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E. II.8.b. Challenging Estrada, 2001 (EDSA II)

The success of 1986 prompted a renewed, though much more contestable, expression of people power in January 2001. When President Estrada was impeached by the House of Representatives for major corruption and the Senate hearing narrowly failed to pursue the charges rigorously, tens of thousands took to the streets. drawing on the forces that overthrew Marcos. The demonstrations took place at Epifanio de los Santos Avenue (EDSA) – the site of the major 1986 protests: hence the naming of 2001 ‘EDSA II’.

Estrada offered a new election (an offer turned down by his opponents), but then, in the absence of military support, rapidly resigned and was replaced by Gloria Arroyo. Estrada, a former film star, had however been elected on a programme of poverty reduction in a populist election, and retained substantial support. When Estrada was arrested, in April 2001 thousands demonstrated over several days, culminating in an estimated 300,000, demanding Estrada’s release and the resignation of Aroyo. This counter-demonstration of ‘people power’, which did not succeed, drew mainly on the urban poor.

Labrador, M.C., The Philippines in 2001: High drama, a new president and setting the stage for recovery, Asian Survey, Vol. 42, issue 1 (January/February), 2002, pp. 141-149

Lande, Carl H., The return of “people power” to the Philippines, Journal of Democracy, Vol. 12, issue April, 2001, pp. 88-102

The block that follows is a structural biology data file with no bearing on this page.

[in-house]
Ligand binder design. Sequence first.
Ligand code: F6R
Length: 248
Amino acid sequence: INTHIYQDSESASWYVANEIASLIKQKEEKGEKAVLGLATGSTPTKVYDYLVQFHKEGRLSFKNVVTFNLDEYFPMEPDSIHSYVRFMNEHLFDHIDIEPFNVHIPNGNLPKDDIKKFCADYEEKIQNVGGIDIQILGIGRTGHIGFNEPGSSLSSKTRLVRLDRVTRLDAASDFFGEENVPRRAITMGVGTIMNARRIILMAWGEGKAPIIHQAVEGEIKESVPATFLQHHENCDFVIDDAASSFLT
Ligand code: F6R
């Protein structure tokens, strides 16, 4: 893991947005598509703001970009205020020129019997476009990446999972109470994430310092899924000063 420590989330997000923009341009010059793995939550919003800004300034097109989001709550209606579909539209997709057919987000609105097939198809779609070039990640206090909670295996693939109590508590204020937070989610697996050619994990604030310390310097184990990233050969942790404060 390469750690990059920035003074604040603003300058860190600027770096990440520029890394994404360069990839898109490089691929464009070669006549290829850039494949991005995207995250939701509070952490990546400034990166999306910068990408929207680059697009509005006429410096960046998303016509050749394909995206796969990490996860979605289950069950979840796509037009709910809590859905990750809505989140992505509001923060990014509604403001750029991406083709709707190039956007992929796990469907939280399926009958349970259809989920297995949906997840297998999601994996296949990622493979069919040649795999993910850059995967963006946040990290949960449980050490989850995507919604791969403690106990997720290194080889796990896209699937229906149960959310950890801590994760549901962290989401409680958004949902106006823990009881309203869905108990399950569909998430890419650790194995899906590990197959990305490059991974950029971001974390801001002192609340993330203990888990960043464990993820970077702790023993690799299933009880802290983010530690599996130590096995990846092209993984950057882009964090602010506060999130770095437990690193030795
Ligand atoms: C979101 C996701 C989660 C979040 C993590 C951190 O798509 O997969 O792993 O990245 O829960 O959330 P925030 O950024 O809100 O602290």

Discusses the constitutional problems of Philippine democracy and the role of an elite above the law.

Liwag-Kotte, Emmalya, People Power in the Philippines: Civil Society between Protest and Participation, D + C: Development and Cooperation, issue 6 (Nov/Dec), 2001, pp. 21-22

Macpagal, Maria Elizabeth ; Galace, Jasmin Nario, Social psychology of People Power II in the Philippines, Peace and Conflict: Journal of Peace Psychology, Vol. 9, issue 3, 2003, pp. 219-233

Includes assessment of nonviolence.

Reid, Ben, The Philippine democratic uprising and the contradictions of neoliberalism: EDSA II, Third World Quarterly, Vol. 22, issue 5, 2001, pp. 777-793

Analysis of Estrada regime and the protests that led to his overthrow and replacement by Aroyo. The article is also a critique of western commentators who deplore the popular uprising, and an attack on a neoliberal conception of democracy. The author concludes that the 2001 rebellion was ultimately an elite controlled process, transferring power to a different faction of the elite, but also a model of popular mobilization and empowerment.

Tilly, Charles, Social Movements, 1768-2004, Boulder CO, Paradigm Publishers, 2004, pp. 204

Chapter 5, pp. 95-122, ‘Social Movements enter the Twenty-First Century’, takes as its starting point the January 2001 text message in Manila, ‘Go EDSA, Wear black’ and goes on to discuss the relationship between social movements and communications technology with further details on unrest in Manila.